Longaberger Basket Company
In November 1991, David Longaberger revealed his company plans to the Newark Area Chamber of Commerce. Longaberger’s dream entailed his company growing so large, and profitable enough to employ around 32,000 workers by 2010. His hopes were that at least a fourth of those numbers would be residents of Licking County.
Before the giant Longaberger Basket offices were built in Newark, the largest basket was located in Dresden, also having been designed by David Longaberger. The basket was 23 feet high (including the handles), 48 feet long, and 11 feet wide. The basket greatly helped Dresden’s economy and significantly changed the little town as hundreds of tourists traveled to see it. 
Longaberger has taken great interest in the satisfaction and the well-being of its employees. In 1995, they introduced a family center that could care for up to 450 of the employee’s children. Their goal was to provide their employees some peace of mind, allowing them to work hard knowing that their children are receiving the best care. In 1999, the facility received one of the most highly prestigious child care awards, an accreditation by the National Association for the Education of Young Children. At the time, only 7 percent of child care programs received his award.
Due to a need for space, Longaberger introduced a corporate office move to Newark, Ohio in October 1995. At the time, Longaberger had approximately 5,000 employees in various offices throughout Dresden, Ohio.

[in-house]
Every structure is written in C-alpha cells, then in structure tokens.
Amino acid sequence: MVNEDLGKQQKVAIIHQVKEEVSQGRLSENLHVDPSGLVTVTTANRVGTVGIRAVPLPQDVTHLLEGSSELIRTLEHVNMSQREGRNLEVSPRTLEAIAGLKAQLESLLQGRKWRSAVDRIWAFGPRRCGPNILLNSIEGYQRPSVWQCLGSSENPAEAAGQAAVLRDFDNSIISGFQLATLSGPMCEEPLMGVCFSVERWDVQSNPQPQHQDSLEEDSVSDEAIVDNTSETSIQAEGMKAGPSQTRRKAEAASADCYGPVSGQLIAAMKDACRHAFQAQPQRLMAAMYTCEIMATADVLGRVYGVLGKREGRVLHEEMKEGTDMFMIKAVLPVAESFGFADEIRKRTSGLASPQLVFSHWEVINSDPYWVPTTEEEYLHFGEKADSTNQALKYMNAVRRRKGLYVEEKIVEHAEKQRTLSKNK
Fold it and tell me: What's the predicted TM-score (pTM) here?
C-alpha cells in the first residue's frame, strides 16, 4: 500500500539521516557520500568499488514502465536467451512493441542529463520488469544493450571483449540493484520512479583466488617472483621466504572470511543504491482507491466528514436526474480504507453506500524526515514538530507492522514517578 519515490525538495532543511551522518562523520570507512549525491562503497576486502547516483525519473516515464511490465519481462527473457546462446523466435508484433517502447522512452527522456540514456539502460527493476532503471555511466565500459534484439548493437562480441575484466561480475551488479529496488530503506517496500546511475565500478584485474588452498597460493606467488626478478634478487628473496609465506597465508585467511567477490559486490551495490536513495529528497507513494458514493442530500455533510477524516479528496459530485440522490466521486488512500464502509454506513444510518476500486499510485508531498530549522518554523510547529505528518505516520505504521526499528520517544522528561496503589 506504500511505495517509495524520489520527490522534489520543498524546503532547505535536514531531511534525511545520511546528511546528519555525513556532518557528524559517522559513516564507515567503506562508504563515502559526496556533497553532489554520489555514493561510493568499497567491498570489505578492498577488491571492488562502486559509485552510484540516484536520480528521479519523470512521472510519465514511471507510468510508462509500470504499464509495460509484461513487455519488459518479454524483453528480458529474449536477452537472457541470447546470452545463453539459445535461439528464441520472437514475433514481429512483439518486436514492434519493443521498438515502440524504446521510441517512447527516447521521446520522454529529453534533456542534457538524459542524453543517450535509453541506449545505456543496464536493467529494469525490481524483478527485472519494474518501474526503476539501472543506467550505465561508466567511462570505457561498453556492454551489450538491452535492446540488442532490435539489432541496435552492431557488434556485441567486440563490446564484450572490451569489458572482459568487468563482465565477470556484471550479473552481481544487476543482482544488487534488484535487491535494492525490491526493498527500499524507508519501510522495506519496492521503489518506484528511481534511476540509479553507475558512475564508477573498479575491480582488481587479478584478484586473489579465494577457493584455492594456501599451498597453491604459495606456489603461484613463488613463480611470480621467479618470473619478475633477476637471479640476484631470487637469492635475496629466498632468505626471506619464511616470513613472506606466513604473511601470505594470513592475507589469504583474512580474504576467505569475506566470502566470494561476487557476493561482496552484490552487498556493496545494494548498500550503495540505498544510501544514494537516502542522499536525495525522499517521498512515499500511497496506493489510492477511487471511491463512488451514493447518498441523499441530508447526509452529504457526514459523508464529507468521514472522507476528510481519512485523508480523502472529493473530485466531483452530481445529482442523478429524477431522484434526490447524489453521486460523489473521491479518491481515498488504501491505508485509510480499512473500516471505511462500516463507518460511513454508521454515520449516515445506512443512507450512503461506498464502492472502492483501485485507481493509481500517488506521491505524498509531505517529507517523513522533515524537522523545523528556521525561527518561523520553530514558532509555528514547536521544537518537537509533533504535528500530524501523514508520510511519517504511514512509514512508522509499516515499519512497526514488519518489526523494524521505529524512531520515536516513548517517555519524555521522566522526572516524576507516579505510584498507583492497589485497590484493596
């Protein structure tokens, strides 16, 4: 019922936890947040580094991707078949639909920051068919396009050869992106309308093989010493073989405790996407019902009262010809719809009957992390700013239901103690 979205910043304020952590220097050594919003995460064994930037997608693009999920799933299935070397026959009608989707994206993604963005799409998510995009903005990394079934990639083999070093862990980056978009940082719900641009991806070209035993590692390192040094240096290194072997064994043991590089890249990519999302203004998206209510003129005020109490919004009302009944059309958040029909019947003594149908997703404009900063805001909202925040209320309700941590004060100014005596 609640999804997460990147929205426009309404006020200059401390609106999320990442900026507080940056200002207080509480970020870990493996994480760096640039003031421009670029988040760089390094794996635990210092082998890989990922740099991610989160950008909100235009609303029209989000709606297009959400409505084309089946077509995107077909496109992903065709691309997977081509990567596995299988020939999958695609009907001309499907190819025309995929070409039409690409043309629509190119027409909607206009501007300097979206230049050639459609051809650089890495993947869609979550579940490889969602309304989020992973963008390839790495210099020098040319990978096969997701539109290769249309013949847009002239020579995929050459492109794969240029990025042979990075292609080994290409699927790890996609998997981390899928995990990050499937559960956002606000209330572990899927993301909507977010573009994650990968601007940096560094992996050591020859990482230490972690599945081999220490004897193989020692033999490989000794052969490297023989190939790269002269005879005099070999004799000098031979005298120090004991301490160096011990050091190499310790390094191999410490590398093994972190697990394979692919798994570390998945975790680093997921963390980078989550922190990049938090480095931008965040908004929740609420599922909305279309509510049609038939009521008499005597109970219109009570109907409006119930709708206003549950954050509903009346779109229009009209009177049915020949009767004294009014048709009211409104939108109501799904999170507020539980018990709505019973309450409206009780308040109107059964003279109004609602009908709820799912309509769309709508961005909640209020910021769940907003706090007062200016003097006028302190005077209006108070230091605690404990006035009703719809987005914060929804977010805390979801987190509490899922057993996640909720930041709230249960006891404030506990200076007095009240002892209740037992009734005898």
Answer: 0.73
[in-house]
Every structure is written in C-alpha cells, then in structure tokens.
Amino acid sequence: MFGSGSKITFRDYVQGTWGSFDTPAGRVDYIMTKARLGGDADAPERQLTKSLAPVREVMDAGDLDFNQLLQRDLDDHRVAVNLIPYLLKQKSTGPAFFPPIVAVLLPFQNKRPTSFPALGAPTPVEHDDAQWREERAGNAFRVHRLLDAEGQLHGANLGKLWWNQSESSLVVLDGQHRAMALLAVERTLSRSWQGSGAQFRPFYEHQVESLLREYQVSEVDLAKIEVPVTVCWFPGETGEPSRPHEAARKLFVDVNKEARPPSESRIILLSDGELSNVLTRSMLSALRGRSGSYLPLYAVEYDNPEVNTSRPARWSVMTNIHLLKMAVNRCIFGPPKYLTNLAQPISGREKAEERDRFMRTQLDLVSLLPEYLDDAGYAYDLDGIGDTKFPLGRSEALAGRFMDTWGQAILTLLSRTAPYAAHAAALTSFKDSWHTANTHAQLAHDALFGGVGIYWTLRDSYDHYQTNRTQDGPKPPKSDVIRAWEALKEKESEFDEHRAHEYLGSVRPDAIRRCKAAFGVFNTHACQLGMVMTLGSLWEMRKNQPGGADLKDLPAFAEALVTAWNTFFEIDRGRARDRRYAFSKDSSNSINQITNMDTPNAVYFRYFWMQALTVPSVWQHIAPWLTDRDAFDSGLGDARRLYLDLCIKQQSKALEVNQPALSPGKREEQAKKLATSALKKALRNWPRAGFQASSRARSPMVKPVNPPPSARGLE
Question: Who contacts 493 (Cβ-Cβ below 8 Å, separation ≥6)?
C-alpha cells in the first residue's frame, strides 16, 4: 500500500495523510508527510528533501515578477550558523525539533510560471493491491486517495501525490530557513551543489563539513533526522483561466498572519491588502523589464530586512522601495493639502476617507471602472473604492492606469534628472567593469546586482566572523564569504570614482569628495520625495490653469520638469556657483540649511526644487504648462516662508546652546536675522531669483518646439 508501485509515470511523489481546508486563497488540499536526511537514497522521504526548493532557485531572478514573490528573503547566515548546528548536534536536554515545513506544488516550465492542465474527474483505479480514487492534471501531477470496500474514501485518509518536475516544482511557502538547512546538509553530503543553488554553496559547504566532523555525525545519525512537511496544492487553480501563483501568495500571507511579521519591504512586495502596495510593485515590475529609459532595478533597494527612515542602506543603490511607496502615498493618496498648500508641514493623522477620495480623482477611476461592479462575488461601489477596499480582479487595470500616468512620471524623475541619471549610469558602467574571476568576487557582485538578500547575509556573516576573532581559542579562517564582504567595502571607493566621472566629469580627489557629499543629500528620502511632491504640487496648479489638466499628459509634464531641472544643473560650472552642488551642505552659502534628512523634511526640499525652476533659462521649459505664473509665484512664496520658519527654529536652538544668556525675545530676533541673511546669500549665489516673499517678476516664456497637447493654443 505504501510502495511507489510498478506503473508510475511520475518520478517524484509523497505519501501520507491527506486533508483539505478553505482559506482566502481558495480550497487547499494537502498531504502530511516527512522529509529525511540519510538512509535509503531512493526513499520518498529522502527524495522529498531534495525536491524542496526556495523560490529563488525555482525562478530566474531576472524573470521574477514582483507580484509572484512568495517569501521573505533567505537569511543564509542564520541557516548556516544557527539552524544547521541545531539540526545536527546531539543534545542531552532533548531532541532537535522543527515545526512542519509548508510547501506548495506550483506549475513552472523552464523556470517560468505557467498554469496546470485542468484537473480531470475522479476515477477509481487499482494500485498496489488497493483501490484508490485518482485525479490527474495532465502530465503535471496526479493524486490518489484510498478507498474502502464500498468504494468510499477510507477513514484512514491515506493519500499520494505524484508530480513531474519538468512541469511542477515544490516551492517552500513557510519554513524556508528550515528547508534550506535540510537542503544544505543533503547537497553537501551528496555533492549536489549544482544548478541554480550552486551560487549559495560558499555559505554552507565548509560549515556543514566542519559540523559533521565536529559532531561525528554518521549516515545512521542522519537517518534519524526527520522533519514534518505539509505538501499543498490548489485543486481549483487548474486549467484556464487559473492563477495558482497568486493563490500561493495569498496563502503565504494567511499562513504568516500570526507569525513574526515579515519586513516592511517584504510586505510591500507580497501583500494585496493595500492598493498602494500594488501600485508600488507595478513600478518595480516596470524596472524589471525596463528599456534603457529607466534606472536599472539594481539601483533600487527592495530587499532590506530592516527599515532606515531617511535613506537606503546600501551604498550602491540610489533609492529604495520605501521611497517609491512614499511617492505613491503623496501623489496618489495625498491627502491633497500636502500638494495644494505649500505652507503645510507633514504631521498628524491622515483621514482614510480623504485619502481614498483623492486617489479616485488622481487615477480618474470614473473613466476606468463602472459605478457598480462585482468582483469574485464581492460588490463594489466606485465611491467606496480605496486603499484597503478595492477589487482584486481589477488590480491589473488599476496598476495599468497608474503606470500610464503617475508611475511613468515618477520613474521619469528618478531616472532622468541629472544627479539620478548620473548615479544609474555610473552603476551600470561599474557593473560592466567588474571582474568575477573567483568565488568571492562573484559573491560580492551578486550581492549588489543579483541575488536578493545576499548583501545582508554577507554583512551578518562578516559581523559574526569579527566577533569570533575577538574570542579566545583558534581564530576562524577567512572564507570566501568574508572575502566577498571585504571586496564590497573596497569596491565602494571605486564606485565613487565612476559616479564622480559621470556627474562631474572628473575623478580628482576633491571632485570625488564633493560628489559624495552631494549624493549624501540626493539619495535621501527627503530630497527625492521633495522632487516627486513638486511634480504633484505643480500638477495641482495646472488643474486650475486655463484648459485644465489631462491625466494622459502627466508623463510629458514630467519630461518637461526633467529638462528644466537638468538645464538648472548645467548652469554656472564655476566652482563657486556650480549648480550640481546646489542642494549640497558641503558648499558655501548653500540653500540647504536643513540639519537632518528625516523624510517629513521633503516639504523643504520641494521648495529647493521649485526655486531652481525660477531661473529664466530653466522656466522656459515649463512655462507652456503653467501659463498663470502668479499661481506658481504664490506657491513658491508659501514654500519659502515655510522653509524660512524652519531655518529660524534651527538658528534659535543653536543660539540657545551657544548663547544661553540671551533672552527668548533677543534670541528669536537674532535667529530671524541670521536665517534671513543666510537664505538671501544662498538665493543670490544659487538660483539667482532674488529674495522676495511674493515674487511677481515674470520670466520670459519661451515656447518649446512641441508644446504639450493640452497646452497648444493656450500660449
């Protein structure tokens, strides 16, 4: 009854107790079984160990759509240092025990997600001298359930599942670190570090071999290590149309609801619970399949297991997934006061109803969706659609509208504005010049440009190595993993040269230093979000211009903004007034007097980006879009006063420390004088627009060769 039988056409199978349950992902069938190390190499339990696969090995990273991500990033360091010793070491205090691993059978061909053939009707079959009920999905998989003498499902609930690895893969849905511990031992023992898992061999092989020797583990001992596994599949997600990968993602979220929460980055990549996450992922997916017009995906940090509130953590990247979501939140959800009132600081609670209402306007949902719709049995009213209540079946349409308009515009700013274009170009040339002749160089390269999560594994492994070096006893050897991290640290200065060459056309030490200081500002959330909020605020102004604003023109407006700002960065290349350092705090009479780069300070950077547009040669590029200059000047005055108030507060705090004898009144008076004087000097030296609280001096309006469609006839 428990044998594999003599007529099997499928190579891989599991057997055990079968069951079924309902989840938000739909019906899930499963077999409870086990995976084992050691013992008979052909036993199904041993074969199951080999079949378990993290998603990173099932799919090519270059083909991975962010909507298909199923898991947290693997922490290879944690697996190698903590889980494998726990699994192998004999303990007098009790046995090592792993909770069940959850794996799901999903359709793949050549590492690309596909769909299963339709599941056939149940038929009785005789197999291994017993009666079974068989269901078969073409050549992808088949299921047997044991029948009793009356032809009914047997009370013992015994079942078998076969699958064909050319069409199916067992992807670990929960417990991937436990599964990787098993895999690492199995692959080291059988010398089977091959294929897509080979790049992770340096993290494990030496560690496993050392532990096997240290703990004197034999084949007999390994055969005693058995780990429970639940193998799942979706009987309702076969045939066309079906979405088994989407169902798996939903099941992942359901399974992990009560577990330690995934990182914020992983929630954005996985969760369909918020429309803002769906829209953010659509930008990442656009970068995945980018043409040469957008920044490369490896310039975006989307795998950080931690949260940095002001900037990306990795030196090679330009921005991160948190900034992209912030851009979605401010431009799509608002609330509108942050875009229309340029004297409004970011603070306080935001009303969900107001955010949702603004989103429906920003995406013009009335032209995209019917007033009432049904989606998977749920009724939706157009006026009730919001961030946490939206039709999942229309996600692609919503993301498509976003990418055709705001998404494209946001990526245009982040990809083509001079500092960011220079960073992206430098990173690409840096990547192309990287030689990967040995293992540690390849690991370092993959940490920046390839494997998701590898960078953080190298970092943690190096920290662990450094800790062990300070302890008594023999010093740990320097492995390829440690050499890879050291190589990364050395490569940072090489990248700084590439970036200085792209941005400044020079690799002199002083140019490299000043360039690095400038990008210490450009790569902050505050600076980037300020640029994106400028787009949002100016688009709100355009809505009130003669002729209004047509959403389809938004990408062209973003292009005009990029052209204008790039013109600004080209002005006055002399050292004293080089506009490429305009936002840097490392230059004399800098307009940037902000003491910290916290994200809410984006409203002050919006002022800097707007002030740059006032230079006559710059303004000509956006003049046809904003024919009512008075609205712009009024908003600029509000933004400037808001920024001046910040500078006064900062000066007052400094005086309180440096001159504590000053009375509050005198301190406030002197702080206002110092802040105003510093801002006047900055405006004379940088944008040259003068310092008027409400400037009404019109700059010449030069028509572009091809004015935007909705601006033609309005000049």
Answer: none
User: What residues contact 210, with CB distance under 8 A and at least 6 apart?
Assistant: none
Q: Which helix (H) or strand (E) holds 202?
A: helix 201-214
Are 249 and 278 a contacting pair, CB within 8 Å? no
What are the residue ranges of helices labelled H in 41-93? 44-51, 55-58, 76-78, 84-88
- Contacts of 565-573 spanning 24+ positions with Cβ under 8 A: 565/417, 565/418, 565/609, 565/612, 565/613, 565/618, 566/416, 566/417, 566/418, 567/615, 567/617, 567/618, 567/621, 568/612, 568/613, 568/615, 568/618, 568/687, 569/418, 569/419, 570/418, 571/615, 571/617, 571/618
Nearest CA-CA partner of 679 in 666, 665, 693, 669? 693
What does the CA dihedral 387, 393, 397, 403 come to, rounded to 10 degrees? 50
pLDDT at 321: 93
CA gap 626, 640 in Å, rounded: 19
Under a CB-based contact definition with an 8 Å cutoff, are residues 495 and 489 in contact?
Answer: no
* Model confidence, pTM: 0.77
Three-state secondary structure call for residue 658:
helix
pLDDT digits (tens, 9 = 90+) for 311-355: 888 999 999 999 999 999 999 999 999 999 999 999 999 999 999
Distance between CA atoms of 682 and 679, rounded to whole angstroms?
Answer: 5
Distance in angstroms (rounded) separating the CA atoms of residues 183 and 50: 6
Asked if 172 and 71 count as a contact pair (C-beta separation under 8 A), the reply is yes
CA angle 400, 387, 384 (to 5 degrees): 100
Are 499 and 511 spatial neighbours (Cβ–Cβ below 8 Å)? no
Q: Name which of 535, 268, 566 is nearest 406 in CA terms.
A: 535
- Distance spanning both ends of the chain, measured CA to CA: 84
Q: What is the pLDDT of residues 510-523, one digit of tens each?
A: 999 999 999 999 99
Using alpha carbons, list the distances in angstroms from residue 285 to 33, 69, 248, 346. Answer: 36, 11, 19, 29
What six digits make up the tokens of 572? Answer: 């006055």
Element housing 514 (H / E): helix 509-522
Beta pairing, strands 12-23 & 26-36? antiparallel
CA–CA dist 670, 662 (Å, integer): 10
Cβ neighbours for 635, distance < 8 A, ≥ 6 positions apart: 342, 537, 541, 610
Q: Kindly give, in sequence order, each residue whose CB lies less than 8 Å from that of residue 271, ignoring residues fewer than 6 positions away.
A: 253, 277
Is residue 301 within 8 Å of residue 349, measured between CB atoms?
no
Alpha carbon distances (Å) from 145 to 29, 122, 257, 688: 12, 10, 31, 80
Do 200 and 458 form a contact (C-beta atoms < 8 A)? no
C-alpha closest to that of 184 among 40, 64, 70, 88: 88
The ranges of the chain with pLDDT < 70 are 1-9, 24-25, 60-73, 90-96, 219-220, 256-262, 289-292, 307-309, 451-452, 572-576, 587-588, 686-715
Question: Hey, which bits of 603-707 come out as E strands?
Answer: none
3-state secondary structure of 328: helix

In the summer of 1997, rumors started spreading that the new corporate office headquarters was sinking due to its size, but they were dismissed and brushed off by the construction party. A few months later, the construction of the building was completed, except for minor interior details such as carpet and decorations. The move-in date was set for December 1997.
Longaberger faced a safety lawsuit when OSHA received reports that an employee lost four fingers while trying to clear a jam in a ripsaw. OSHA argued that Longaberger had neglected several safety rules during the incident and the lawsuit was placed for $215,000. Longaberger also received another safety lawsuit, filed by a construction worker that was electrocuted while on the job. The plaintiff filed that the supervisors were unqualified in training and understanding proper safety precautions, citing that it was a failure on his supervisor’s part that lead to his electrocution. The lawsuit was set for $250,000. 
Scenic Ohio, a dedicated beautification group, gave the Longaberger Basket a passing grade, citing that “Longaberger deserves thanks from the community for its efforts, which includes the maintenance of 34 miles of roadway through Licking and Muskingum counties.”